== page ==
If those philosophers had their way, we’d sit around the lab all day scratching our butts and wondering if we really should do those experiments. Maybe we could find the answer simply by musing about it. But we proceed as if evidence gives us truth, and—sure enough—it does. As Stephen Hawking said, “Science wins because it works.”
But what about those other methods, which, for Spufford, obviously involve committing oneself to Jebus and then simply intuiting the truth? Here’s what he says about these other ways of “knowing”:
We can’t verify or falsify our beliefs the way we can our knowledge. But that doesn’t mean there are no criteria we can bring to bear to distinguish between beliefs. We can ask whether belief pays due and scrupulous attention to what can be known. We can ask whether belief is equipped with, as it were, some of the proper humility owed to the provisional – with a continuing willingness to change, to notice, to be wrong. We can ask whether beliefs are generous or mean, altruistic or self-serving, frightened or hopeful, candid or self-deceiving. We can be intelligent and nuanced about belief. But to do this we need not to dismiss the whole inevitable human activity of belief-formation as nonsense. This is one of my reasons for preferring my picture of the world to yours.
Notice how the real question at issue, “which belief is true?” subtly morphs into the less interesting question, “can we distinguish between beliefs?” It’s the usual theological bait-and-switch.
Of course we can distinguish between beliefs! Quakers are humble and nonprosyletizing, Muslims and Scientologists think it’s their duty to spread the faith. Methodist beliefs are more malleable than those of Islam. Muslims want to kill those who reject the faith; Catholics merely excommunicate them.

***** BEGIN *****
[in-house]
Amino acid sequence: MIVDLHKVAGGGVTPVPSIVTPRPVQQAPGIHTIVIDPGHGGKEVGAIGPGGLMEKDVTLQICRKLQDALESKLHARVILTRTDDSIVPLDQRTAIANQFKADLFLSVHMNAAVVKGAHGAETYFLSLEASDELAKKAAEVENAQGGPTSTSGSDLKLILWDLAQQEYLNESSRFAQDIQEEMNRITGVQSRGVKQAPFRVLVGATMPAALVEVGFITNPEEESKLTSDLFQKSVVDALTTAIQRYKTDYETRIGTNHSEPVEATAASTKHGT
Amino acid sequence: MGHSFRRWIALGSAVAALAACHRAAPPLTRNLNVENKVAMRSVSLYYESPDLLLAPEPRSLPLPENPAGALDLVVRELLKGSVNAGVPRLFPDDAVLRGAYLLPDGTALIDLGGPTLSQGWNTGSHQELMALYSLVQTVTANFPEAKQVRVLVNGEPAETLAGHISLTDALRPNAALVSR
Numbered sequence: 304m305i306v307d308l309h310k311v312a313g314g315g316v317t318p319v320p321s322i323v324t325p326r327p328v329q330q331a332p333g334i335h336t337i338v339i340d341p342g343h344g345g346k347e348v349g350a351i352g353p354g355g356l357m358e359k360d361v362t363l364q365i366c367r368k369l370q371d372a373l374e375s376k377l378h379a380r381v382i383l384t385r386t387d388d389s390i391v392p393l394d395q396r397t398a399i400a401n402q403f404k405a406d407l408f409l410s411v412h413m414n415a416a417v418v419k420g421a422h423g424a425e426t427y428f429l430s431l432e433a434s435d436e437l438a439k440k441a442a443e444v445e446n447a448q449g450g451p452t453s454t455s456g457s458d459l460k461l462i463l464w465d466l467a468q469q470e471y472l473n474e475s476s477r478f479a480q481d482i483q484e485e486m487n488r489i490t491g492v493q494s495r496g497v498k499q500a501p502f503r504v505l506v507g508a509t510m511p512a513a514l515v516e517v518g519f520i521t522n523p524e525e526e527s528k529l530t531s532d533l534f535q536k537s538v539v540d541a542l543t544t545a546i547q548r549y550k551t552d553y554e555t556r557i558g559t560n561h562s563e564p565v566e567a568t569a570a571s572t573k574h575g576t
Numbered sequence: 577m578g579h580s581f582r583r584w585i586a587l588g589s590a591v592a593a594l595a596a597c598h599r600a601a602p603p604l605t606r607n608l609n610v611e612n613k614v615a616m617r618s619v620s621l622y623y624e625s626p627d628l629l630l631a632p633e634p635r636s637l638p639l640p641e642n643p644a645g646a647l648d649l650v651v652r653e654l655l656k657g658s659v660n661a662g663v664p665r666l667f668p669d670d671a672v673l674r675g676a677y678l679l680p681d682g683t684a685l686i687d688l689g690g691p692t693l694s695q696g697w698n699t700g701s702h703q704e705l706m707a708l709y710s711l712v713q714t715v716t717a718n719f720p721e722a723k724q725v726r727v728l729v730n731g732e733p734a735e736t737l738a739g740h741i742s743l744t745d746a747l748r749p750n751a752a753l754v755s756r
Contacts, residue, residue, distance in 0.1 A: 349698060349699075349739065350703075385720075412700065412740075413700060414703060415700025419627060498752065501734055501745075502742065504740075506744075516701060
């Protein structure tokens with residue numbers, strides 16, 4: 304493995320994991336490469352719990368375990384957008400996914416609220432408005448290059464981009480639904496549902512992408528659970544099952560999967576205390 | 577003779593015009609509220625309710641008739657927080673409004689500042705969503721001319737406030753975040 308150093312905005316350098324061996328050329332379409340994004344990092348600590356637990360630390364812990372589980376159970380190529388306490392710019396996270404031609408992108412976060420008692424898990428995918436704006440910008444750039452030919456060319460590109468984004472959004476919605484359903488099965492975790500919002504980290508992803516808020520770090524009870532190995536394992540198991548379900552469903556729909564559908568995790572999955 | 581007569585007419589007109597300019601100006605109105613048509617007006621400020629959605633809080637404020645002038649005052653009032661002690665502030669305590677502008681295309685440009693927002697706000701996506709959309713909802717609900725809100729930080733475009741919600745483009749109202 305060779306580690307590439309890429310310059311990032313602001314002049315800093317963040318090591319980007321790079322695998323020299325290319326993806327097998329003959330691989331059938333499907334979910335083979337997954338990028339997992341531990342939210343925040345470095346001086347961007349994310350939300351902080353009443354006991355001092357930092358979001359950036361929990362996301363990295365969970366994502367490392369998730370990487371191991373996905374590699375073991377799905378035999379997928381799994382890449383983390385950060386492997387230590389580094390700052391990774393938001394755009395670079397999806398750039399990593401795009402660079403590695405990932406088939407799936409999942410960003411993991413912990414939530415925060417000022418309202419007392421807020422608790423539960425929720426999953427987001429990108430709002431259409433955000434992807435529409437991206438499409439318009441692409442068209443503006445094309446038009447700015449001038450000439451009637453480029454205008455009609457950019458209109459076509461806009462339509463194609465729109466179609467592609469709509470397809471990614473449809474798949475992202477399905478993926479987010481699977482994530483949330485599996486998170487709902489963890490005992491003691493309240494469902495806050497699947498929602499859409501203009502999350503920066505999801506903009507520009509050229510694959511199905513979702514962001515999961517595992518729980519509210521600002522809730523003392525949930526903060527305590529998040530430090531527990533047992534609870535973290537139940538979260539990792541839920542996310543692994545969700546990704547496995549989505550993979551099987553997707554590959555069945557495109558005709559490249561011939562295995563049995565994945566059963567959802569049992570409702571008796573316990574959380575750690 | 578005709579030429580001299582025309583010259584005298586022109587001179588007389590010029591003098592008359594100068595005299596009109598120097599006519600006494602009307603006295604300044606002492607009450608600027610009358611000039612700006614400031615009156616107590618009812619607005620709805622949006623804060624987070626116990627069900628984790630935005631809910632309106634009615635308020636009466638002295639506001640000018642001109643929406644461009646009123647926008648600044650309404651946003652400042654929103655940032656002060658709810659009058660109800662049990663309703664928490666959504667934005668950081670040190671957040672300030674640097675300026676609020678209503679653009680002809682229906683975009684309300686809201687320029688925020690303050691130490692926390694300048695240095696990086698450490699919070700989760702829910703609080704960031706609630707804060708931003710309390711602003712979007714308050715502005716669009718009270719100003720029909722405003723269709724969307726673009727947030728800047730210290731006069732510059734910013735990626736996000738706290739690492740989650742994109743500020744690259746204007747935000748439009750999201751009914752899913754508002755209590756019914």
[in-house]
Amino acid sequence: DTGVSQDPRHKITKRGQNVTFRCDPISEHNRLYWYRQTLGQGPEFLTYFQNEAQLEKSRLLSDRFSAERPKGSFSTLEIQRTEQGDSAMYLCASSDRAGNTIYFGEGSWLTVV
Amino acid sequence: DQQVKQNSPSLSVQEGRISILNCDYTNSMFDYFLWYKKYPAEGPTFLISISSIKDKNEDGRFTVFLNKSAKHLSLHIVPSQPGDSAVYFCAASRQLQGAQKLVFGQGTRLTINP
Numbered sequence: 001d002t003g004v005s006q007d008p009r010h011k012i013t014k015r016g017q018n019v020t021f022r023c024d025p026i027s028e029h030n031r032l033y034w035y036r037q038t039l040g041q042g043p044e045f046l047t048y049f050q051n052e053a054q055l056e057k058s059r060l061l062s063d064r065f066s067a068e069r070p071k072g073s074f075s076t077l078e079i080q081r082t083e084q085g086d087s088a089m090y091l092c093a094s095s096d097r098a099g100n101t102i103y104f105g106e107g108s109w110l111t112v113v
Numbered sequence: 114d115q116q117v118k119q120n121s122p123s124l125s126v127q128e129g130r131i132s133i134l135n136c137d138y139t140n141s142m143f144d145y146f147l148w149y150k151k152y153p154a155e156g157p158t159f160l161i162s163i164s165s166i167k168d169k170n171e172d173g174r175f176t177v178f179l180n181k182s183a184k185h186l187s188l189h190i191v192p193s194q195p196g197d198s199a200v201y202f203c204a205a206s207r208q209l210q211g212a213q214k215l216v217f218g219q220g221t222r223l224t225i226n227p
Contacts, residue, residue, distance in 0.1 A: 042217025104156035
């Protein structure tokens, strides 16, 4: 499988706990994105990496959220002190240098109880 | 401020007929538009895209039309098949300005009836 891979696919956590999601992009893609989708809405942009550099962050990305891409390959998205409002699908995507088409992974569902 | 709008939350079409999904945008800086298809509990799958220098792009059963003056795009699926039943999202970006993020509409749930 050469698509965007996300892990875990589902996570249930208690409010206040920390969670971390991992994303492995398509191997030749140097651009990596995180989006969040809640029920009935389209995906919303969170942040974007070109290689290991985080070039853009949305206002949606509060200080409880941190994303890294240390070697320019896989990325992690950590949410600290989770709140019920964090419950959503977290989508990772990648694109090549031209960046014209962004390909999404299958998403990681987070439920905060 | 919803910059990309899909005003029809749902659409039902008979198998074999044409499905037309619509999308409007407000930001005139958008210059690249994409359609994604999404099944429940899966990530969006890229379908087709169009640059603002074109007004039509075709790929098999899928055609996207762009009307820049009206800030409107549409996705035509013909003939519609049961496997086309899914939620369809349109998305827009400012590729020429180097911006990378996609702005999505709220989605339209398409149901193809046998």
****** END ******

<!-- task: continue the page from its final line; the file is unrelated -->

But distinguishing between beliefs does not tell us which of them (if any) are true. This exercise can’t tell us whether there’s an afterlife or not, whether Jesus really was the son of God (much less even existed), whether the dictates of Orthodox Jews conform better to God’s will than those of the hadith, whether there even is a god, and so on. Indeed, religion can’t even answer the question of “which actions are moral”. Science can’t do that, either, but the fact remains that religion can’t answer either questions of fact or the “big questions” about purpose and meaning. Sects like Mormonism and Islam have fractured into sub-sects, sometimes dozens of them, because they can’t decide what the “truth” is—even within a faith.
If you can’t falsify a belief, but can only distinguish between different beliefs, then there is no way of knowing whether your belief is true. Period. That’s why science wins, for it gives us tools for testing different hypotheses.
I’d like to ask Mr. Spufford whether he knows that the tenets of his Christianity conform to reality more than the tenets of say, Hinduism. Does Jesus pwn an elephant-headed God?
I reiterate that it’s time for philosophers to stop their finger-wagging about science’s ability to find truth being a philosophical assumption—one that we can’t justify it a priori. Maybe it is philosophical, but frankly, Francis, I don’t give a damn. If philosphers want to defend their turf that way, or diss science and empower faith, fine. In the meantime, science blithely goes ahead and helps us understand the universe, while religions like Catholicism are still debating the same points they did before the Enlightenment. We’re on Mars; they’re still pondering God’s nature and wondering if there is a hell.